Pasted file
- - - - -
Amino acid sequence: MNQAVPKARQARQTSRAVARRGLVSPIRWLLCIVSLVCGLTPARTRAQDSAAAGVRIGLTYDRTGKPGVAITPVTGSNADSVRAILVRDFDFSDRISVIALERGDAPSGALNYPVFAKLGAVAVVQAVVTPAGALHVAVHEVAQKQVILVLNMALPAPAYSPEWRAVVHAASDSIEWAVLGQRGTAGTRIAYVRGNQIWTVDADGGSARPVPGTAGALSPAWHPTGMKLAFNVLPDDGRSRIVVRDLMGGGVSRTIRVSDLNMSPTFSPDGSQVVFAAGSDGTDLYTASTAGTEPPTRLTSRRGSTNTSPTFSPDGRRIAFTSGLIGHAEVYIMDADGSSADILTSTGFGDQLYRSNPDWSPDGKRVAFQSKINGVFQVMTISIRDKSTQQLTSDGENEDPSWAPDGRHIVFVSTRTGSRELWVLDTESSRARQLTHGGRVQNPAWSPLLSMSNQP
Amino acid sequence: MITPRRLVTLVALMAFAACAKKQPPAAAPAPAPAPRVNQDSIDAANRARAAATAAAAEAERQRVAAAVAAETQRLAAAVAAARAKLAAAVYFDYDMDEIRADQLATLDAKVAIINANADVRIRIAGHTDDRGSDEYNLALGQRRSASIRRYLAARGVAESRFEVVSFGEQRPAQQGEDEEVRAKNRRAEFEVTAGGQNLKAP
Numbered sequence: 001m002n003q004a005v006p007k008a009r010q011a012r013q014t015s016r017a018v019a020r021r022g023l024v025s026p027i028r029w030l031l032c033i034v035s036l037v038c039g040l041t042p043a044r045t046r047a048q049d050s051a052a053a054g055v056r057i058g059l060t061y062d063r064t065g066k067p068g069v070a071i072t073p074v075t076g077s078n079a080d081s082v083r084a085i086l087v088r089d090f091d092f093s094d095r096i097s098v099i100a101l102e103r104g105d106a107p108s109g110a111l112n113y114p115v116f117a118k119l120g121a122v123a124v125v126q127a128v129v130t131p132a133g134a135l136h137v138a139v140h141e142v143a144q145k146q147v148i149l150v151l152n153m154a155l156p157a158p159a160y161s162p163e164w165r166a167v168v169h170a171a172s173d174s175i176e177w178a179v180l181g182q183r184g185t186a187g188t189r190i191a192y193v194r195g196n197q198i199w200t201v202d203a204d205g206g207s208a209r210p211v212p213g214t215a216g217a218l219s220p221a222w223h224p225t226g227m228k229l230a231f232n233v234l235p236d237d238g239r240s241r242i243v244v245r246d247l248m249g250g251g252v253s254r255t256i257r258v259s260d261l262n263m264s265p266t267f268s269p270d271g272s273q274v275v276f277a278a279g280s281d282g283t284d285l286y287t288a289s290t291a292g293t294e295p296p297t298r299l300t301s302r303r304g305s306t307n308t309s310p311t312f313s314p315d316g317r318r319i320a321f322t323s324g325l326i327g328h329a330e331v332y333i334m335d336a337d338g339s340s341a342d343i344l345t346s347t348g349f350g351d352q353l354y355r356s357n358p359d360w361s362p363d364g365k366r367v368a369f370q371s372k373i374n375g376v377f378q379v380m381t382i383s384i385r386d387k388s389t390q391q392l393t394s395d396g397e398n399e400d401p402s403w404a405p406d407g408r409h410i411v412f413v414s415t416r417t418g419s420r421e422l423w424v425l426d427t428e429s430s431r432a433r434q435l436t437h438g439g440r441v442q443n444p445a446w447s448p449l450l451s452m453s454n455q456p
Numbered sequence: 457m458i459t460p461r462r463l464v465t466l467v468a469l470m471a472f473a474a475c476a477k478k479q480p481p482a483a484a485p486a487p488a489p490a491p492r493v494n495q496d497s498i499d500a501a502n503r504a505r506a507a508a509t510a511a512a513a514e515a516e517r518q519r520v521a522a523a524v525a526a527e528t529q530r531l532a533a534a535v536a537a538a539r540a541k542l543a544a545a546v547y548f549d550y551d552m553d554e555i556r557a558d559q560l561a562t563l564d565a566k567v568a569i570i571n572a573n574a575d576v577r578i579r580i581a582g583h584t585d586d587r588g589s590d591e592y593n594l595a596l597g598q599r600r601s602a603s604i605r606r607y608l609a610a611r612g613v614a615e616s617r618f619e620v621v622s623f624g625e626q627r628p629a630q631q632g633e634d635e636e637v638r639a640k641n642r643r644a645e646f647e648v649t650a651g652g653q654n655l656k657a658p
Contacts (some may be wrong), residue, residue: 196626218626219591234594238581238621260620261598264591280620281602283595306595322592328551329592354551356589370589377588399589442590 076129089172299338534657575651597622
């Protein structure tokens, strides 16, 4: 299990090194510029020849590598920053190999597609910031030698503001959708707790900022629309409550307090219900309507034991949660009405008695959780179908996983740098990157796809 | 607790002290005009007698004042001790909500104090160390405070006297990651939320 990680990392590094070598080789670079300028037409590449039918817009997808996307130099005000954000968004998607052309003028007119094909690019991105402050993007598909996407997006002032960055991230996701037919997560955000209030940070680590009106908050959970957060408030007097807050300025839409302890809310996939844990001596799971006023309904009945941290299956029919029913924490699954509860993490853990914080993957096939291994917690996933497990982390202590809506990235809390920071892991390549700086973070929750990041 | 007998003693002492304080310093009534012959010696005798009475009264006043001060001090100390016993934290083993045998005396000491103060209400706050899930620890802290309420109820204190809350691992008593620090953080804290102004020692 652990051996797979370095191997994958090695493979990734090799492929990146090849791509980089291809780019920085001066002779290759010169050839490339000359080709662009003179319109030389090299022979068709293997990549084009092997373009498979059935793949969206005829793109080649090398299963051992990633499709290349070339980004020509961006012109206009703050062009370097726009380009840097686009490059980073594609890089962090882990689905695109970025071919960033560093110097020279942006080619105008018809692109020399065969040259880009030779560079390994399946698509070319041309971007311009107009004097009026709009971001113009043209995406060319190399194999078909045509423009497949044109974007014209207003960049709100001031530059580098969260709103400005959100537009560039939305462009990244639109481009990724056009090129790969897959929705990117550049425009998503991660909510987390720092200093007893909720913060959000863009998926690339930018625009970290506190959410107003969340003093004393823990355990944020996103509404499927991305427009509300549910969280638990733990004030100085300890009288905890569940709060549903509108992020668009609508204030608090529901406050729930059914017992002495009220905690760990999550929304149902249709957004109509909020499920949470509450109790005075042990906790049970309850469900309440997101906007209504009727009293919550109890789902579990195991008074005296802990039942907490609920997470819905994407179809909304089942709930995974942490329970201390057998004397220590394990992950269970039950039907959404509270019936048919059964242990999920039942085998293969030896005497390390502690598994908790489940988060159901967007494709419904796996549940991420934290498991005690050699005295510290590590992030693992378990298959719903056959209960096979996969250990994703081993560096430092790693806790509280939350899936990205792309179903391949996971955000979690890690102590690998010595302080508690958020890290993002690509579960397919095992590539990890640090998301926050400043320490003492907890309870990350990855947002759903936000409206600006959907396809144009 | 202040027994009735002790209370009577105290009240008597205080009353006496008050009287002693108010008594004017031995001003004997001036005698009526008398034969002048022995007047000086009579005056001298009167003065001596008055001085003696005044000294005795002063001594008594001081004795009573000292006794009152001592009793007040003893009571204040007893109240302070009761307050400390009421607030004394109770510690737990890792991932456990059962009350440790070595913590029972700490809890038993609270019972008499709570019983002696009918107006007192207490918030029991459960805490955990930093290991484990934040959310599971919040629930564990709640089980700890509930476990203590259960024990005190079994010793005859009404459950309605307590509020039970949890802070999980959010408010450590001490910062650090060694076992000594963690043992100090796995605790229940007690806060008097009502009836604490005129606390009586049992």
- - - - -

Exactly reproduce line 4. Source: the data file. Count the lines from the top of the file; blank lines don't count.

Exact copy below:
Numbered sequence: 457m458i459t460p461r462r463l464v465t466l467v468a469l470m471a472f473a474a475c476a477k478k479q480p481p482a483a484a485p486a487p488a489p490a491p492r493v494n495q496d497s498i499d500a501a502n503r504a505r506a507a508a509t510a511a512a513a514e515a516e517r518q519r520v521a522a523a524v525a526a527e528t529q530r531l532a533a534a535v536a537a538a539r540a541k542l543a544a545a546v547y548f549d550y551d552m553d554e555i556r557a558d559q560l561a562t563l564d565a566k567v568a569i570i571n572a573n574a575d576v577r578i579r580i581a582g583h584t585d586d587r588g589s590d591e592y593n594l595a596l597g598q599r600r601s602a603s604i605r606r607y608l609a610a611r612g613v614a615e616s617r618f619e620v621v622s623f624g625e626q627r628p629a630q631q632g633e634d635e636e637v638r639a640k641n642r643r644a645e646f647e648v649t650a651g652g653q654n655l656k657a658p